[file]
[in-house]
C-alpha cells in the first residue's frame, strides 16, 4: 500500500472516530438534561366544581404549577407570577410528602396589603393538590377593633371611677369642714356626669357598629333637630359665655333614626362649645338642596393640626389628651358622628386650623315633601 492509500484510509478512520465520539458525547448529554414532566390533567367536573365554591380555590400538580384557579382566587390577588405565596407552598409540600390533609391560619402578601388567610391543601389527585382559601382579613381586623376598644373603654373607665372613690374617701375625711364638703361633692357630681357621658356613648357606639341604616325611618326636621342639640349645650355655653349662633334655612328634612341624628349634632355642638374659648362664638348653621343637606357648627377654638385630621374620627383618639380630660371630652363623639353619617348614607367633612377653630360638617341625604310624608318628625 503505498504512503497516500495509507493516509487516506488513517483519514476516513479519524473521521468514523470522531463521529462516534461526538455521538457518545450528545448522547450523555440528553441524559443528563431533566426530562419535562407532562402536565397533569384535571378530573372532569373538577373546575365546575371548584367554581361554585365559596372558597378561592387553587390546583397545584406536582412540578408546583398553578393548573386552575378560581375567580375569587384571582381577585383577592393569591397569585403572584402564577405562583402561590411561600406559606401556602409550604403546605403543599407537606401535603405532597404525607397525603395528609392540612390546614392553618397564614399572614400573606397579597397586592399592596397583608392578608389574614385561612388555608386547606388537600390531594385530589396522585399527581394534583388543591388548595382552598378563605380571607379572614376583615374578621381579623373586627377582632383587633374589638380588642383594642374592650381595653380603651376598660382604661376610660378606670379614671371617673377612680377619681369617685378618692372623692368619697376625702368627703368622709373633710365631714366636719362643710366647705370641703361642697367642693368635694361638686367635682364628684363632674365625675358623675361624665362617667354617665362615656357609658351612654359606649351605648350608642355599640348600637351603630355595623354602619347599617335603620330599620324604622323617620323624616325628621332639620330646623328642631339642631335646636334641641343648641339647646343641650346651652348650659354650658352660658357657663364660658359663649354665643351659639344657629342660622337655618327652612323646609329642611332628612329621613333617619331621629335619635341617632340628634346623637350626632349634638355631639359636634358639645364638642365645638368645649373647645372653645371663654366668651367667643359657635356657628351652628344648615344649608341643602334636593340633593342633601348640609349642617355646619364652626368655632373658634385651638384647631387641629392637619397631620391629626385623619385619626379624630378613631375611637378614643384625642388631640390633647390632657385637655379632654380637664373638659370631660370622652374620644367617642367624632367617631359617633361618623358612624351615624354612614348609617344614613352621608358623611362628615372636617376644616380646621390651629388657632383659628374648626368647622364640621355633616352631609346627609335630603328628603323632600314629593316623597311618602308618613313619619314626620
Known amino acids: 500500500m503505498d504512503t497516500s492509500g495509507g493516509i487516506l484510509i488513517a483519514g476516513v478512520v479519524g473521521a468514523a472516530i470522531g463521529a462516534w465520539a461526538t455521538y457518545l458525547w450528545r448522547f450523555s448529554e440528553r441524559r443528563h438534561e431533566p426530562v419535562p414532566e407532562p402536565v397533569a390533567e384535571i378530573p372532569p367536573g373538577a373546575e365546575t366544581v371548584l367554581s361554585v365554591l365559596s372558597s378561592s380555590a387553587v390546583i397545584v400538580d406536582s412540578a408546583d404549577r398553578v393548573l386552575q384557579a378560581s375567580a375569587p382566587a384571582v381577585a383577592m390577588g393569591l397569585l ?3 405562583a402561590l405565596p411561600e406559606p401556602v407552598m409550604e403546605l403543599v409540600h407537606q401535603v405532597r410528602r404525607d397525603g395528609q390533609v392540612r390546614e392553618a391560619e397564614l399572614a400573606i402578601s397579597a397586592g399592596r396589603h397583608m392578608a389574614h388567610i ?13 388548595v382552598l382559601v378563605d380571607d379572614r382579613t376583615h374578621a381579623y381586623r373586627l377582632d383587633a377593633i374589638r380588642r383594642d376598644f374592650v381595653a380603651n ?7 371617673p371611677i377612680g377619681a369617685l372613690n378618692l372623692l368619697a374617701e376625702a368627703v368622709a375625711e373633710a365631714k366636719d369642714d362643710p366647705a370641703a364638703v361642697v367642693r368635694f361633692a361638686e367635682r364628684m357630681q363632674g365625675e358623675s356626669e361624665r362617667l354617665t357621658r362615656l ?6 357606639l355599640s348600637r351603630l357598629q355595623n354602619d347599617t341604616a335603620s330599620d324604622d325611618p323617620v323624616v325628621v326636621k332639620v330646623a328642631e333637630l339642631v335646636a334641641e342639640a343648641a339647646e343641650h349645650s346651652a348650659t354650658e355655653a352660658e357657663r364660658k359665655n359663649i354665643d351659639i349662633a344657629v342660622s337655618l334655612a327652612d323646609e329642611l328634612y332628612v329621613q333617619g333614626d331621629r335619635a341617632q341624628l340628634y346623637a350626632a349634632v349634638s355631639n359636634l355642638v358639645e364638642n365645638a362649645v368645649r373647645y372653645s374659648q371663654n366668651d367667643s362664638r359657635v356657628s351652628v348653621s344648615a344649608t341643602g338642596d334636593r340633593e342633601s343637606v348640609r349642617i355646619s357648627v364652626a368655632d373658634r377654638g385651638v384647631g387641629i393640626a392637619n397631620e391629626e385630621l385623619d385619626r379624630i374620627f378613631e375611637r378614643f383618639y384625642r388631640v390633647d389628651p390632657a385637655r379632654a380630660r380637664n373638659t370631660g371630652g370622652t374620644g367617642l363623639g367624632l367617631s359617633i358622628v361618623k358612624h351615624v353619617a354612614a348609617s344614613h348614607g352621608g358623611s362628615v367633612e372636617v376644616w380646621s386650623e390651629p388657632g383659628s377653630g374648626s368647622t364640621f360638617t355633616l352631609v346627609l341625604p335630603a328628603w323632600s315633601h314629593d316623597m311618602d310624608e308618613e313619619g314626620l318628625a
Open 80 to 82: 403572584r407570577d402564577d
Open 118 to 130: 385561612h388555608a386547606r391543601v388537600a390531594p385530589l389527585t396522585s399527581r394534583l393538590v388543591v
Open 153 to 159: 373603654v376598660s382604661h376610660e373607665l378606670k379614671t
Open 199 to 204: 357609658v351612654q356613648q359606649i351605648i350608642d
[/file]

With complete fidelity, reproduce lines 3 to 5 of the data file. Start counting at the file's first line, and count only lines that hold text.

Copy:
Known amino acids: 500500500m503505498d504512503t497516500s492509500g495509507g493516509i487516506l484510509i488513517a483519514g476516513v478512520v479519524g473521521a468514523a472516530i470522531g463521529a462516534w465520539a461526538t455521538y457518545l458525547w450528545r448522547f450523555s448529554e440528553r441524559r443528563h438534561e431533566p426530562v419535562p414532566e407532562p402536565v397533569a390533567e384535571i378530573p372532569p367536573g373538577a373546575e365546575t366544581v371548584l367554581s361554585v365554591l365559596s372558597s378561592s380555590a387553587v390546583i397545584v400538580d406536582s412540578a408546583d404549577r398553578v393548573l386552575q384557579a378560581s375567580a375569587p382566587a384571582v381577585a383577592m390577588g393569591l397569585l ?3 405562583a402561590l405565596p411561600e406559606p401556602v407552598m409550604e403546605l403543599v409540600h407537606q401535603v405532597r410528602r404525607d397525603g395528609q390533609v392540612r390546614e392553618a391560619e397564614l399572614a400573606i402578601s397579597a397586592g399592596r396589603h397583608m392578608a389574614h388567610i ?13 388548595v382552598l382559601v378563605d380571607d379572614r382579613t376583615h374578621a381579623y381586623r373586627l377582632d383587633a377593633i374589638r380588642r383594642d376598644f374592650v381595653a380603651n ?7 371617673p371611677i377612680g377619681a369617685l372613690n378618692l372623692l368619697a374617701e376625702a368627703v368622709a375625711e373633710a365631714k366636719d369642714d362643710p366647705a370641703a364638703v361642697v367642693r368635694f361633692a361638686e367635682r364628684m357630681q363632674g365625675e358623675s356626669e361624665r362617667l354617665t357621658r362615656l ?6 357606639l355599640s348600637r351603630l357598629q355595623n354602619d347599617t341604616a335603620s330599620d324604622d325611618p323617620v323624616v325628621v326636621k332639620v330646623a328642631e333637630l339642631v335646636a334641641e342639640a343648641a339647646e343641650h349645650s346651652a348650659t354650658e355655653a352660658e357657663r364660658k359665655n359663649i354665643d351659639i349662633a344657629v342660622s337655618l334655612a327652612d323646609e329642611l328634612y332628612v329621613q333617619g333614626d331621629r335619635a341617632q341624628l340628634y346623637a350626632a349634632v349634638s355631639n359636634l355642638v358639645e364638642n365645638a362649645v368645649r373647645y372653645s374659648q371663654n366668651d367667643s362664638r359657635v356657628s351652628v348653621s344648615a344649608t341643602g338642596d334636593r340633593e342633601s343637606v348640609r349642617i355646619s357648627v364652626a368655632d373658634r377654638g385651638v384647631g387641629i393640626a392637619n397631620e391629626e385630621l385623619d385619626r379624630i374620627f378613631e375611637r378614643f383618639y384625642r388631640v390633647d389628651p390632657a385637655r379632654a380630660r380637664n373638659t370631660g371630652g370622652t374620644g367617642l363623639g367624632l367617631s359617633i358622628v361618623k358612624h351615624v353619617a354612614a348609617s344614613h348614607g352621608g358623611s362628615v367633612e372636617v376644616w380646621s386650623e390651629p388657632g383659628s377653630g374648626s368647622t364640621f360638617t355633616l352631609v346627609l341625604p335630603a328628603w323632600s315633601h314629593d316623597m311618602d310624608e308618613e313619619g314626620l318628625a
Open 80 to 82: 403572584r407570577d402564577d
Open 118 to 130: 385561612h388555608a386547606r391543601v388537600a390531594p385530589l389527585t396522585s399527581r394534583l393538590v388543591v